There are a billion people on Facebook now, including most of the people reading this on BostInno. But that means there are 6 billion not on it, and that’s a problem sometimes. One of the things I’ve learned returning to an enterprise tech company in the ‘burbs is that lots of people are still struggling to “get” social media, which means lots of us are still struggling to help them get it.

The problem isn’t really what you need to learn to take advantage of the medium. The hard part is the behaviors you need to “un-learn” to be a good social citizen, and the one people seem to struggle with the most is overcoming the primal urge to continue to “push” the content they want heard at the whole world via e-mail.

I’m old enough to remember when e-mail first took hold. It was awesome. The “Memo” went the way of the dodo, and with it the typewriter, letterhead, white-out, and the need to communicate with anyone face-to-face. E-mail was clean, and efficient. It scaled. I mastered e-mail. I came to love it.

But sometimes love goes horribly wrong. Turns out empowering the whole world to push whatever they want at us with no variable cost had some downside. Today we’re all drowning in e-Mail. Most of us hate it, including me. People under 30 have started to abandon it in droves. I envy them.

These people aren’t communicating less, they’re communicating better. They recognize that the signal-to-noise ratio of e-mail makes it inefficient.

Truly embracing social as a way of interacting with each other starts with a willingness to let go of e-mail as your communication default. When you have something to say, ask yourself 3 questions:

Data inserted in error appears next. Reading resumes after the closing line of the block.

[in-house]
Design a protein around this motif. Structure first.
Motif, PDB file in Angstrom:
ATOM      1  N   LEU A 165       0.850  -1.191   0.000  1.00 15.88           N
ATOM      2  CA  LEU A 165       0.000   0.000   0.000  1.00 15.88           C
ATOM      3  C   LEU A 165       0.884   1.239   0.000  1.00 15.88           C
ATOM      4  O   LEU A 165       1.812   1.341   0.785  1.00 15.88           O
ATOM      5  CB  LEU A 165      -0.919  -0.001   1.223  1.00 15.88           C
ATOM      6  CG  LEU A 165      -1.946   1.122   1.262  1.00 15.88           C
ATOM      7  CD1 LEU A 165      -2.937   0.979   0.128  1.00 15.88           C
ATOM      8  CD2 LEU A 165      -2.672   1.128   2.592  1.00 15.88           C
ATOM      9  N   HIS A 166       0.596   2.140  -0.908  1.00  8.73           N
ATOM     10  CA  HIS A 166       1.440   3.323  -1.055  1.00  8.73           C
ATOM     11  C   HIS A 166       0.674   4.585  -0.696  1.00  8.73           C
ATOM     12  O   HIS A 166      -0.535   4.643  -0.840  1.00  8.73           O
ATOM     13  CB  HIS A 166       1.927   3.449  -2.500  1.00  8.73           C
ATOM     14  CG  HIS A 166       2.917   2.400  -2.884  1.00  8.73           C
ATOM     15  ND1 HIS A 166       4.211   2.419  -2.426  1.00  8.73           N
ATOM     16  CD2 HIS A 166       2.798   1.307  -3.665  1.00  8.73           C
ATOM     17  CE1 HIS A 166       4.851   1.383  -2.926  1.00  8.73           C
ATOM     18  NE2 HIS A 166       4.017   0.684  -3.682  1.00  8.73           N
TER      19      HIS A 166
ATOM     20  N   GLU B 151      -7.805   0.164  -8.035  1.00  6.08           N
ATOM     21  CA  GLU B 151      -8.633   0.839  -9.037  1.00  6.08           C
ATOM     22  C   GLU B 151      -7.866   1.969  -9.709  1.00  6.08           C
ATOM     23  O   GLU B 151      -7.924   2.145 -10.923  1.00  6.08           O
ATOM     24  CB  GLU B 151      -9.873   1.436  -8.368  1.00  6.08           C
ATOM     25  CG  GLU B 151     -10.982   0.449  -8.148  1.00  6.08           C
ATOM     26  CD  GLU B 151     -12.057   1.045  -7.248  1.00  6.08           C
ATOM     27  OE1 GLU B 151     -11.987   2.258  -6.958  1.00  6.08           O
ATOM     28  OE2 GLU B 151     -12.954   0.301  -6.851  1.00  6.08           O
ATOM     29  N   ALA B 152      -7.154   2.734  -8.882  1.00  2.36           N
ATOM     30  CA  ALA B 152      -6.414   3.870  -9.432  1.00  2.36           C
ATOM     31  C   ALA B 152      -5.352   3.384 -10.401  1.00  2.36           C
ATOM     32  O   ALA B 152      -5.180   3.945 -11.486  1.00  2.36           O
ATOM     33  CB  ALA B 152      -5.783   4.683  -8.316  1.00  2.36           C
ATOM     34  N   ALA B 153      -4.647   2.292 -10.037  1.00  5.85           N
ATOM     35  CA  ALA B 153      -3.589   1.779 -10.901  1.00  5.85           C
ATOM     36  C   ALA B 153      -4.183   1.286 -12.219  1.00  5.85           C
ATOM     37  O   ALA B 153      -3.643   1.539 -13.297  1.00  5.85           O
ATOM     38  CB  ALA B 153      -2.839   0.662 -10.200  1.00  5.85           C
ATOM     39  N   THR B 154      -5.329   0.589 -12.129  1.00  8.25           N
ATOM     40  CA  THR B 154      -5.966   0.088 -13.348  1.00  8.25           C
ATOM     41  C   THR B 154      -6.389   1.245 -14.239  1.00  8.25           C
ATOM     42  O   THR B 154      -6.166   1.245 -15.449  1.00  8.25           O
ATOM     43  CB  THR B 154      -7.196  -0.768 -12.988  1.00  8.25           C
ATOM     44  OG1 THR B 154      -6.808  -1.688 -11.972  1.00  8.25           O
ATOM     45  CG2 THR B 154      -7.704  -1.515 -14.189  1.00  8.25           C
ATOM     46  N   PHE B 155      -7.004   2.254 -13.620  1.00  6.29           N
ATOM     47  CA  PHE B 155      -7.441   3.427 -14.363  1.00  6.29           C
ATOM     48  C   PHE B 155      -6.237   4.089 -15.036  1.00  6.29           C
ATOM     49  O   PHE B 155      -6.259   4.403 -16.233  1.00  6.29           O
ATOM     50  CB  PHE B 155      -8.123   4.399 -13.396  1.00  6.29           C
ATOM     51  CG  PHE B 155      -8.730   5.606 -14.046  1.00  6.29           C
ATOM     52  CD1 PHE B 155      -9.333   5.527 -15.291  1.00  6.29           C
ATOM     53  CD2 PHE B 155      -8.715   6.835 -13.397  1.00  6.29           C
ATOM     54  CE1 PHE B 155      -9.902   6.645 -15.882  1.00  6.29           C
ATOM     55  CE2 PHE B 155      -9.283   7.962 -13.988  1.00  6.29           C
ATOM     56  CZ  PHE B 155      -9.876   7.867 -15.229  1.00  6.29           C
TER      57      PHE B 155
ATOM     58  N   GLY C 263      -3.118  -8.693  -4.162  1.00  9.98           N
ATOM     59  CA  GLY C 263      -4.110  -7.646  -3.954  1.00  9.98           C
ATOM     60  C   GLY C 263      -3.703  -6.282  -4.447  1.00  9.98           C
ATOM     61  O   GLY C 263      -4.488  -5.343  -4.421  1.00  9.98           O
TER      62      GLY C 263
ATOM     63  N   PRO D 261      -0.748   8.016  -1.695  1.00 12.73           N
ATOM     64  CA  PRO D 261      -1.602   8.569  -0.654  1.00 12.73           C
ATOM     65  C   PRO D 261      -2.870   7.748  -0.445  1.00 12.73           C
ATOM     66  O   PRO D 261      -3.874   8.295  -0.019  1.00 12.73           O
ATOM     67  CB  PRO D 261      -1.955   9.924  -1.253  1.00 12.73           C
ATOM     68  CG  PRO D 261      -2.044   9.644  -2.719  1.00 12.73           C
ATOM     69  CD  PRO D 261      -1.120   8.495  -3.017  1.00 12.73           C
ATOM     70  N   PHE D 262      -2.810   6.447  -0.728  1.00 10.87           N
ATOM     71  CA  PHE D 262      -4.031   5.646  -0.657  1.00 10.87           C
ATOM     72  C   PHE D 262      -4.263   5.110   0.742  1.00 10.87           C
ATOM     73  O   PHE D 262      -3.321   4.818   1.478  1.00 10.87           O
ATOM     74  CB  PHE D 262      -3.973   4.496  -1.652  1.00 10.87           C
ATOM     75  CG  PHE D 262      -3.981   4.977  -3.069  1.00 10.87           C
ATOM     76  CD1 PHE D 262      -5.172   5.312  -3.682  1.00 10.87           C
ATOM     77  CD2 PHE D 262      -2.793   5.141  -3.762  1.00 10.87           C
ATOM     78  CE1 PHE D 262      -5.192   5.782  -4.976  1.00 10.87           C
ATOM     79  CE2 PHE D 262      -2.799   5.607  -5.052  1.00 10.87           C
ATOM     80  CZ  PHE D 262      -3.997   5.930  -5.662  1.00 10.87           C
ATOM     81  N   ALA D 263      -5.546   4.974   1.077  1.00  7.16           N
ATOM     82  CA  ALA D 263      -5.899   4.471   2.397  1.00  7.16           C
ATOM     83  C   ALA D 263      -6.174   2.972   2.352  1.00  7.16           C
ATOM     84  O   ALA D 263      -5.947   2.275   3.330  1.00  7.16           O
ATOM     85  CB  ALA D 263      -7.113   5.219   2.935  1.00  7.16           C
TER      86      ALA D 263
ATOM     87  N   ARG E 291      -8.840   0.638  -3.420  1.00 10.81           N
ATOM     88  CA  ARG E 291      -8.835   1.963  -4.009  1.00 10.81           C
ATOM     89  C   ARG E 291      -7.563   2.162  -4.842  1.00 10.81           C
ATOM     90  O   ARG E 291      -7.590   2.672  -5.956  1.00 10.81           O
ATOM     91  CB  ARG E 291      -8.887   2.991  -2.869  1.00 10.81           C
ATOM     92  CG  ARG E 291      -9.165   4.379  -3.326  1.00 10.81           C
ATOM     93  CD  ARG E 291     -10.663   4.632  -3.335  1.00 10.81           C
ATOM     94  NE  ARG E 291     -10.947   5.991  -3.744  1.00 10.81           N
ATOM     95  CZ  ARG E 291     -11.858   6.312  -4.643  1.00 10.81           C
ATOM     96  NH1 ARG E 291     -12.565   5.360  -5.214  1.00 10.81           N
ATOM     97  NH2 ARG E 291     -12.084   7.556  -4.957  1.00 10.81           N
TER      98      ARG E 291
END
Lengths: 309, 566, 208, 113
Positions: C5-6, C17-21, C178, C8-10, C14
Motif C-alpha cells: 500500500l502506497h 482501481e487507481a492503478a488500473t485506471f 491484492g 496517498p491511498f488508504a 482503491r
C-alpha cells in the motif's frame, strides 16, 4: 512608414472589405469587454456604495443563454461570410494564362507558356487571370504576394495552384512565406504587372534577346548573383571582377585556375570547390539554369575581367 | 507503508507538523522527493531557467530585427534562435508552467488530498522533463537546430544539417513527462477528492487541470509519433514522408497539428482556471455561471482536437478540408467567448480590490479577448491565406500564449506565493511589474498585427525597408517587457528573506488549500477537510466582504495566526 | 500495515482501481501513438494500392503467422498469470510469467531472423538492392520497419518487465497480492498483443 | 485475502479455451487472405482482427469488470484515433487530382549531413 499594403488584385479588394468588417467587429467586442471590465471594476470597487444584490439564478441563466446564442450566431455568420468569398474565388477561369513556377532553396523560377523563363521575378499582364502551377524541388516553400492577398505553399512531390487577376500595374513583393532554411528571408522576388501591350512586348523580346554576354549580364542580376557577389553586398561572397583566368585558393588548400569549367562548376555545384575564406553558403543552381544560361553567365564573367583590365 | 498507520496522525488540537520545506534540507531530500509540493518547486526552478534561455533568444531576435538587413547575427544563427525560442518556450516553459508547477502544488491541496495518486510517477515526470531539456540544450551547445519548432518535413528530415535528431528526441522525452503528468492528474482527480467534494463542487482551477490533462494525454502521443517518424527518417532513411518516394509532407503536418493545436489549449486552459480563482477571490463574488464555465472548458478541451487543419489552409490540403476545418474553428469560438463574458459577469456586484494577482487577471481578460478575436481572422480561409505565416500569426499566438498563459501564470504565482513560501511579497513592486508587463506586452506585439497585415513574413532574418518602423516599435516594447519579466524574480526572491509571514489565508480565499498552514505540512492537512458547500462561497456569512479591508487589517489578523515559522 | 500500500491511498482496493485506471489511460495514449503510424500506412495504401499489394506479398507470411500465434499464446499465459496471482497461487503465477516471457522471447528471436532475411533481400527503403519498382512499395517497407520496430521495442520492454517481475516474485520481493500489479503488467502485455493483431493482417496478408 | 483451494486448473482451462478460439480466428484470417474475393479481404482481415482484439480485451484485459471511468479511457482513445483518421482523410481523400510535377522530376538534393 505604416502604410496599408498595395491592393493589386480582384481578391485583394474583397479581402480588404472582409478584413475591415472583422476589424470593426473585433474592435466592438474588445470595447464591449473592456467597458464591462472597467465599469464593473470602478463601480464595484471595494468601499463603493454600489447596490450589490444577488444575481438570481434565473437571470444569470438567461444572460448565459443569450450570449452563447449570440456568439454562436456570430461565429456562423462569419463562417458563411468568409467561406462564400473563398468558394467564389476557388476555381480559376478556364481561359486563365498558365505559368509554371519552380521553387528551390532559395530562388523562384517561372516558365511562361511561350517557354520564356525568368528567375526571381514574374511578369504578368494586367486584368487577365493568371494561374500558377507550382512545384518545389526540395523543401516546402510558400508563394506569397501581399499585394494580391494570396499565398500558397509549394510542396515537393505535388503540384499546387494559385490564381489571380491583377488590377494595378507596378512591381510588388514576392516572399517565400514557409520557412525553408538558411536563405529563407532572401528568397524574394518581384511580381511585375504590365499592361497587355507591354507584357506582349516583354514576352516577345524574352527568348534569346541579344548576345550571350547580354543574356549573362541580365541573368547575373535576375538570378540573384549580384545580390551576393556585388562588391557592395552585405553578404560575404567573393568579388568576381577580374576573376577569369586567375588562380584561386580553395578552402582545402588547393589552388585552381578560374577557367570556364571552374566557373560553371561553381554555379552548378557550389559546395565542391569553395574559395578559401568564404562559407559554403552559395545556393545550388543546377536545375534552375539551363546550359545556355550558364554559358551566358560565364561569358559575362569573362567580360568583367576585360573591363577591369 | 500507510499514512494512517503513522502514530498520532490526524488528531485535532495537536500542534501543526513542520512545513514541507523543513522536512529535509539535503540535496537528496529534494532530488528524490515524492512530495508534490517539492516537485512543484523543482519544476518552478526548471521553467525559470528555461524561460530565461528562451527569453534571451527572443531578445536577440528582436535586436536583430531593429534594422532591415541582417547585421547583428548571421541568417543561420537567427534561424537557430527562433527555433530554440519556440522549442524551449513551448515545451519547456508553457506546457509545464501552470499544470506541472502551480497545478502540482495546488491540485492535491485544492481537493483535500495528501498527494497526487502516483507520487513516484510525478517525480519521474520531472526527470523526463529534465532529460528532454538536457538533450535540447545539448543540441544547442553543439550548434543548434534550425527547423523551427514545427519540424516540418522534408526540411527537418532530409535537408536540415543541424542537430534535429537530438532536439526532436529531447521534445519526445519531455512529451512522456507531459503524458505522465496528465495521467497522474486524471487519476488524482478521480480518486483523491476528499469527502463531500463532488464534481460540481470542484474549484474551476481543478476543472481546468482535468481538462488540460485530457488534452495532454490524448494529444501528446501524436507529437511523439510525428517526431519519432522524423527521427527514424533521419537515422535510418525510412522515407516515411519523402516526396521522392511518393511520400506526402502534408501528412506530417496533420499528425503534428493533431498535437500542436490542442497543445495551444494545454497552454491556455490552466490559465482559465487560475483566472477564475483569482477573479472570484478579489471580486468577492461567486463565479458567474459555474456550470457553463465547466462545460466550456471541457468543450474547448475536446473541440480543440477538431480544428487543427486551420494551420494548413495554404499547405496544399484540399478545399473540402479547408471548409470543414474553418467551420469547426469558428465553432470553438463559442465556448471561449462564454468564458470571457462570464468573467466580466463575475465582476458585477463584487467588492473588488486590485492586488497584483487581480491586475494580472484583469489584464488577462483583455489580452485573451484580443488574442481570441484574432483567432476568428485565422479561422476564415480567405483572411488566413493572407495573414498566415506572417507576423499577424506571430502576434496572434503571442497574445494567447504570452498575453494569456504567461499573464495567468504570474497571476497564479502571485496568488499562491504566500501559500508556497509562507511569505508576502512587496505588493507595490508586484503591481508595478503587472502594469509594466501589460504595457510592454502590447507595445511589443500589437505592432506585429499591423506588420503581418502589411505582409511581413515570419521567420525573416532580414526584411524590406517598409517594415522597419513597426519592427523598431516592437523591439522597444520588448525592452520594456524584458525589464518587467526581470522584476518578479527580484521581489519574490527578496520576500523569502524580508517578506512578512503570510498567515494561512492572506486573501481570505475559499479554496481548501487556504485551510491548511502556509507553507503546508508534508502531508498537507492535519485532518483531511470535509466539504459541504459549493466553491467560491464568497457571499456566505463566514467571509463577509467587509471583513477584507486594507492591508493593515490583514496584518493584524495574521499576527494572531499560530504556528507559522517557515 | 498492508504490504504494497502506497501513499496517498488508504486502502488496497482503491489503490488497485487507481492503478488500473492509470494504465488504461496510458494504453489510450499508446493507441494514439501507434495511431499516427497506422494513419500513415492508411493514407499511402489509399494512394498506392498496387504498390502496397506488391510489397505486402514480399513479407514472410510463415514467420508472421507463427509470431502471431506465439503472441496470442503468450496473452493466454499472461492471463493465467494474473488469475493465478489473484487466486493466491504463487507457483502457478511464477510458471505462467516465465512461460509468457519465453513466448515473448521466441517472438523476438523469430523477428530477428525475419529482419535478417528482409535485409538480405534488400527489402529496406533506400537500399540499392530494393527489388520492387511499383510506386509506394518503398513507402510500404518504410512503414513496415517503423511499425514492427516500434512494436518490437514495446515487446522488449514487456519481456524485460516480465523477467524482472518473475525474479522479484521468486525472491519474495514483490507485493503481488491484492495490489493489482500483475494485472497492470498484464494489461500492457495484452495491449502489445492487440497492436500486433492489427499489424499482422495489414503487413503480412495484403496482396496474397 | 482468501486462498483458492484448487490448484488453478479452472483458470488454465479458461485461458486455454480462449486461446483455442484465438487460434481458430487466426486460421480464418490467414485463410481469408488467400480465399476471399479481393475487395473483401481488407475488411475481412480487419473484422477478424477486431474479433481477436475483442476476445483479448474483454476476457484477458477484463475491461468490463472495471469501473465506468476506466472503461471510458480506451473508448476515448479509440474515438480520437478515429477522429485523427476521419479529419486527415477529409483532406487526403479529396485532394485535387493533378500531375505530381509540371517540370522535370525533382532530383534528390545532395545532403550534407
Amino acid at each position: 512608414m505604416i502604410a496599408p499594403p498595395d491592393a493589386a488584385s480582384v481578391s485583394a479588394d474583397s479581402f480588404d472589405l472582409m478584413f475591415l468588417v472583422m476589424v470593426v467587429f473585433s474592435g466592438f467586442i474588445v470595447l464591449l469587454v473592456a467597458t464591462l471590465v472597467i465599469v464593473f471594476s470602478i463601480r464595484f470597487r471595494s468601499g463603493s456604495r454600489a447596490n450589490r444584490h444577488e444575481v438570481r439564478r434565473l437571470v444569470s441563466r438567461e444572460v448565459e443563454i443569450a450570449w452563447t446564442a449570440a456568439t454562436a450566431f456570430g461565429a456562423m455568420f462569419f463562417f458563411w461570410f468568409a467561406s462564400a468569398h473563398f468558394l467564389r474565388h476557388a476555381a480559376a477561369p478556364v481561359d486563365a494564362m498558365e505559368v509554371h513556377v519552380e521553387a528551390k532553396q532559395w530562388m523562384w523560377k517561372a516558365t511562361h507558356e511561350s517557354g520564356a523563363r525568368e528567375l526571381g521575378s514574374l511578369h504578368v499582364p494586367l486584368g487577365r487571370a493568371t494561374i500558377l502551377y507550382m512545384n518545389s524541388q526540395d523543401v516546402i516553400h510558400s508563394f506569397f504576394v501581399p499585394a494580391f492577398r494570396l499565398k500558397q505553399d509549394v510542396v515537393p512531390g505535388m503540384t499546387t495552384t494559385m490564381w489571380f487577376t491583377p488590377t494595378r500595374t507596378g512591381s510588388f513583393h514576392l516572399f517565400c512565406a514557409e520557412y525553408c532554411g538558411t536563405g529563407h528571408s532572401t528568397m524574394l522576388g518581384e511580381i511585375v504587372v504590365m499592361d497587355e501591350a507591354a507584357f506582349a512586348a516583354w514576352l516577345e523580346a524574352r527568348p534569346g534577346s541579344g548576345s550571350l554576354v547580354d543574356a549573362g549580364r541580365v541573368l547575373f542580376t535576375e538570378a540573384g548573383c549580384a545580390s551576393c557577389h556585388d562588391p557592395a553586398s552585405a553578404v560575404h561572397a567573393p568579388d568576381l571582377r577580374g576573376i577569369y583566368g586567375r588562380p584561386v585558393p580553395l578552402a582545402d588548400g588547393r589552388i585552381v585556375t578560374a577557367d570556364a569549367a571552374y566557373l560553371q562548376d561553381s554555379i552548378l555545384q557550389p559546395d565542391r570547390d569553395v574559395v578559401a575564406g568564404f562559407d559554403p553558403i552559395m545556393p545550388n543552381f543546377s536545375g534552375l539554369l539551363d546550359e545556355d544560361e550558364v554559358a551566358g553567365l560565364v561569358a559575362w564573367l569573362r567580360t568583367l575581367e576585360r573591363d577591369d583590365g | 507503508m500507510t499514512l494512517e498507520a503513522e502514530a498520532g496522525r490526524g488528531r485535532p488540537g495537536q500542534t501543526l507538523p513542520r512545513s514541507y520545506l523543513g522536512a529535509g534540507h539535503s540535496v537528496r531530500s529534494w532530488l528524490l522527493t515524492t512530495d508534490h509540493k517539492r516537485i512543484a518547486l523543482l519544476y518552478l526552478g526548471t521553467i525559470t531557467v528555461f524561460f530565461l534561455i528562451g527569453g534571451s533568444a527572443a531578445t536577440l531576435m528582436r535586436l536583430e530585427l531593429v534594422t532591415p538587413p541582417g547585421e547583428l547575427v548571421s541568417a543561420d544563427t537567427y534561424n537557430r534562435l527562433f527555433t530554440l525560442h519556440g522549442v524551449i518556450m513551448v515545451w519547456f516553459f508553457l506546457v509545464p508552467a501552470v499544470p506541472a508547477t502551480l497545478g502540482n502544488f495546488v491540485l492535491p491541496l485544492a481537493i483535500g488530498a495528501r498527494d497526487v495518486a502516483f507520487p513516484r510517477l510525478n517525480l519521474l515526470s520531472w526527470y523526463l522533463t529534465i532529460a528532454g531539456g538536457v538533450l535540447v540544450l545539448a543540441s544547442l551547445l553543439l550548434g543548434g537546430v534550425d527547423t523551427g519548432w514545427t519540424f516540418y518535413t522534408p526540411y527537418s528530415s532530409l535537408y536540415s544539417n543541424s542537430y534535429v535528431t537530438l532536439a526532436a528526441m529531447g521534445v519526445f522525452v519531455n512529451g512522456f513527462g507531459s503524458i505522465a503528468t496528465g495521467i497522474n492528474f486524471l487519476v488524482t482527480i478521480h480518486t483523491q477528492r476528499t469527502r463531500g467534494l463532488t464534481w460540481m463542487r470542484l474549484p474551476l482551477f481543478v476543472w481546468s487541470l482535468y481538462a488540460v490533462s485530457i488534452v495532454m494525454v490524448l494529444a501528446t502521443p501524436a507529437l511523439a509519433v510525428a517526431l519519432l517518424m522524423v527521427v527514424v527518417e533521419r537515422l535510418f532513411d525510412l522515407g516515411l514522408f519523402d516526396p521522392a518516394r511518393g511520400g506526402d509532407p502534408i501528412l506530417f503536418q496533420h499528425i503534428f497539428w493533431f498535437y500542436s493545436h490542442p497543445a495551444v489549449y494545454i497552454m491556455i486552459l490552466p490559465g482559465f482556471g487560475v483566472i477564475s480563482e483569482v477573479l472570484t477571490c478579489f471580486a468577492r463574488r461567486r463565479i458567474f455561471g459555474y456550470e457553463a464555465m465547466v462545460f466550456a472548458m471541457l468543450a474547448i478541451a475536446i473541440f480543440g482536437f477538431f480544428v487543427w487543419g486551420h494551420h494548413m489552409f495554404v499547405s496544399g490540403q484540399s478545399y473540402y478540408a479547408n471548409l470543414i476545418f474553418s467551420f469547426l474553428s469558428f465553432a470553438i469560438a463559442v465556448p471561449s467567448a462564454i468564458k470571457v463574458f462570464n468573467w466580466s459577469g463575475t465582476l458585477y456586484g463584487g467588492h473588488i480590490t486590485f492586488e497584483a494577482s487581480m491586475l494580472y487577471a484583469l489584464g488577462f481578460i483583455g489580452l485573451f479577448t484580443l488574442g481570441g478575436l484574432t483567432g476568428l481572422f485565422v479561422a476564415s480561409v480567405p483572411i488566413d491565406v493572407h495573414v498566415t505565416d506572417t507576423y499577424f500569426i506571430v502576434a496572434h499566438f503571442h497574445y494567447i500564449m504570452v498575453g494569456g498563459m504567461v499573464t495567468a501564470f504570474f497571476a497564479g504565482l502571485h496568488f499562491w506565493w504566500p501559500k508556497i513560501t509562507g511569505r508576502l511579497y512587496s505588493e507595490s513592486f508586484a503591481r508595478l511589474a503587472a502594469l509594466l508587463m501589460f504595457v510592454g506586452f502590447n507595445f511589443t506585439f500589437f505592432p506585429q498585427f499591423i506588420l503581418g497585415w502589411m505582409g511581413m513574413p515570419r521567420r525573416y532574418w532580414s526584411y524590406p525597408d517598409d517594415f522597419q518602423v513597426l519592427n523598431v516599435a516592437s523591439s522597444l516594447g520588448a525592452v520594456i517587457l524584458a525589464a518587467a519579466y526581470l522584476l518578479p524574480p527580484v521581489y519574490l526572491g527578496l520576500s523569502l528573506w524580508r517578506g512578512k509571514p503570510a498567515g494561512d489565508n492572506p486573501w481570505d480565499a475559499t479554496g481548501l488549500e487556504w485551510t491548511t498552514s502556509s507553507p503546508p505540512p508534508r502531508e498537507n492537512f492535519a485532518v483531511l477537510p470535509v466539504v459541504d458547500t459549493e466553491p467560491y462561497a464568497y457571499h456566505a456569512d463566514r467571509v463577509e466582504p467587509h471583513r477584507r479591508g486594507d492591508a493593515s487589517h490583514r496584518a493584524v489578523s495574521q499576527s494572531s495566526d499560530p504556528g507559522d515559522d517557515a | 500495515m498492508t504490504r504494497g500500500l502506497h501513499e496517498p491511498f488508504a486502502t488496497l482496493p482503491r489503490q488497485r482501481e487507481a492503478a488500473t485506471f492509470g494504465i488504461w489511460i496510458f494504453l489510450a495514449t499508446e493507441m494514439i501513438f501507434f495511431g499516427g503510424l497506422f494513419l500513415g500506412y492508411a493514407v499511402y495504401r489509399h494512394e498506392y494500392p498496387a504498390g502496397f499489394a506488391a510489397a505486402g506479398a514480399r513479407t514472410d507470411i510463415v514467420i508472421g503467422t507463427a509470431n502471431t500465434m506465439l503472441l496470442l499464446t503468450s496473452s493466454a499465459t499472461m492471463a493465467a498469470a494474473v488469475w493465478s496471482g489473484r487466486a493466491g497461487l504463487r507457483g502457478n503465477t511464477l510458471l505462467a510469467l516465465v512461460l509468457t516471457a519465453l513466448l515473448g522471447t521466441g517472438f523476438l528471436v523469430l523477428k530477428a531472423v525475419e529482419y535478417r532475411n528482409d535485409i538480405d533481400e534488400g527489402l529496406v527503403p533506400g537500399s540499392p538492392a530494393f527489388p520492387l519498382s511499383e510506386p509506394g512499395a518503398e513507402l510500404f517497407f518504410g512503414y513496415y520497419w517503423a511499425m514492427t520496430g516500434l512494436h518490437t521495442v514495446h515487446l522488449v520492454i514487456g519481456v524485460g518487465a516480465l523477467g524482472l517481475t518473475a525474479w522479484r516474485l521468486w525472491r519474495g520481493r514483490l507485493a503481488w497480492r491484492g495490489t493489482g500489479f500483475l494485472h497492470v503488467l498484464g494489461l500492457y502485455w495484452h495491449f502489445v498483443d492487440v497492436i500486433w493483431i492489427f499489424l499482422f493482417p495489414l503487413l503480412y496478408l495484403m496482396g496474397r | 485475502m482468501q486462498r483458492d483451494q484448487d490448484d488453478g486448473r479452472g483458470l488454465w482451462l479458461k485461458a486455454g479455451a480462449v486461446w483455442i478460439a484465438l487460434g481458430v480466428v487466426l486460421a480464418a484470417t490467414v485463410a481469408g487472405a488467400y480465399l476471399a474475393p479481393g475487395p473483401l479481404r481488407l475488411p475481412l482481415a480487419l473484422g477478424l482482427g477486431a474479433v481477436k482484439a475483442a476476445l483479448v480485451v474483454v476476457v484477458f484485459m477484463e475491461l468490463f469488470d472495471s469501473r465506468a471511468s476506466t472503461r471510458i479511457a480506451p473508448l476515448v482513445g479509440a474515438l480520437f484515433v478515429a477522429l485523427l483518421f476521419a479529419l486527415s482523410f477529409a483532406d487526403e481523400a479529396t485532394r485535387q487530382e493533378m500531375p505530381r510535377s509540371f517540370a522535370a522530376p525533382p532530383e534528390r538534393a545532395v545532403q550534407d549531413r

1. Is it a directive requiring compliance on the part of the recipient? Does it require action on their part?
  2. Is the information time-sensitive for some reason?
  3. Is it private communication?


If the answer is yes to any one of those questions… Pick up the phone (over 30), or send a text message (under 30). If the answer is no… post it someplace where the recipient (and, ideally, others it might benefit) can access it when they want and/or need it, as opposed to when it was convenient for you to hit “Send.”

Embrace this idea, and you’ll find yourself consuming the medium in the way it was intended. Enterprise social systems like Jive aren’t about creating another Inbox, another task-master demanding that you beat back the bold type before you can unplug. They are pastures to be grazed. Not new lawns that need mowing.

Twitter is the ultimate expression of this idea. I follow a few thousand people on Twitter whose output I find useful, or just interesting. I poke into it during idle moments, and wait for news to prove itself important by overtaking the streams of my peers. Collectively, the people I follow help me understand what’s important in the world. If noise overtakes the signal, I adjust my following. I decide who appears in my feed. I am not a prisoner of Twitter. I’m freed by it.

Embrace this idea as a consumer of information, and you start to become a more productive producer of it. You focus on sharing what’s likely to be valuable or interesting to others. Social media noobs often feel like they’re sharing too much. They edit themselves, because they don’t yet understand that mastering social media isn’t about limiting the quantity of what you publish. It’s about the maximizing the quality of what you publish, as judged by others. Quality earns you an audience, over time. Quantity of quality just makes that audience larger.

Jive is working for Actifio now, and I genuinely appreciate the time and effort people have taken to understand how it works, and how they can take advantage of it for the good of all. When I talk with those still skeptical, or still struggling to take the leap, I ask them to remember this: Internal social platform are a tool to help us all know what we each know. The more of us who use them that way, and who work reduce the glut of e-mail as a happy side effect, the bigger advantage they will become for our company.

The same is probably true for yours.